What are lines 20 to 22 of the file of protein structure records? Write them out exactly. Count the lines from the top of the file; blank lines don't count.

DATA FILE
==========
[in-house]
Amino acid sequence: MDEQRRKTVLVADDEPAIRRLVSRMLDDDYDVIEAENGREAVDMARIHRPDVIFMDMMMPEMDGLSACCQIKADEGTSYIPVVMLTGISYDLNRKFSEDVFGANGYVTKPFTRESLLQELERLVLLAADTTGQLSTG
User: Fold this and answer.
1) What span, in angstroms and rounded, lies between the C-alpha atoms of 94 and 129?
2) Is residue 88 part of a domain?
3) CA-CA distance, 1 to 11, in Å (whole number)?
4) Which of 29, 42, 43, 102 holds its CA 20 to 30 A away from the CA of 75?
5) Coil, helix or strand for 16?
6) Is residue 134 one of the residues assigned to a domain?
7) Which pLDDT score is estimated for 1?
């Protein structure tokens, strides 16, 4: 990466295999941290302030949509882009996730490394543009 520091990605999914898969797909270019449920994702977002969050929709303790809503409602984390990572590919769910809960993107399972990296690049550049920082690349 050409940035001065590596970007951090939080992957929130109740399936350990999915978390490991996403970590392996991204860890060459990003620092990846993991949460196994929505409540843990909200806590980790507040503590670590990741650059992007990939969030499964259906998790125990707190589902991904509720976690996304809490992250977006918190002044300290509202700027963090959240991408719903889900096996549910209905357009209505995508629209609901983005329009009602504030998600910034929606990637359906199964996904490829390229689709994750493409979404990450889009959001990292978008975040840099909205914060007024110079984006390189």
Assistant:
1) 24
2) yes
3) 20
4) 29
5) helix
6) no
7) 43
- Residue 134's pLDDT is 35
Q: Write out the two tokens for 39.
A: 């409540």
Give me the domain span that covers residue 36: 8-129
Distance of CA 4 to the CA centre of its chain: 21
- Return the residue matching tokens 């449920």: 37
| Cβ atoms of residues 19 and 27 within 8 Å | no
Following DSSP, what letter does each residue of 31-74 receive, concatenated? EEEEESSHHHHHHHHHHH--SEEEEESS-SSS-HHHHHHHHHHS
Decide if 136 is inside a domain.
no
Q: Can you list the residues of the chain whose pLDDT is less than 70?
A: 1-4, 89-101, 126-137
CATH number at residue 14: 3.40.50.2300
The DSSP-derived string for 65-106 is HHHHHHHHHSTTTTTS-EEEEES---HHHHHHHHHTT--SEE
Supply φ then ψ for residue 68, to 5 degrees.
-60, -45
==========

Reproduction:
- Residue 134's pLDDT is 35
Q: Write out the two tokens for 39.
A: 């409540």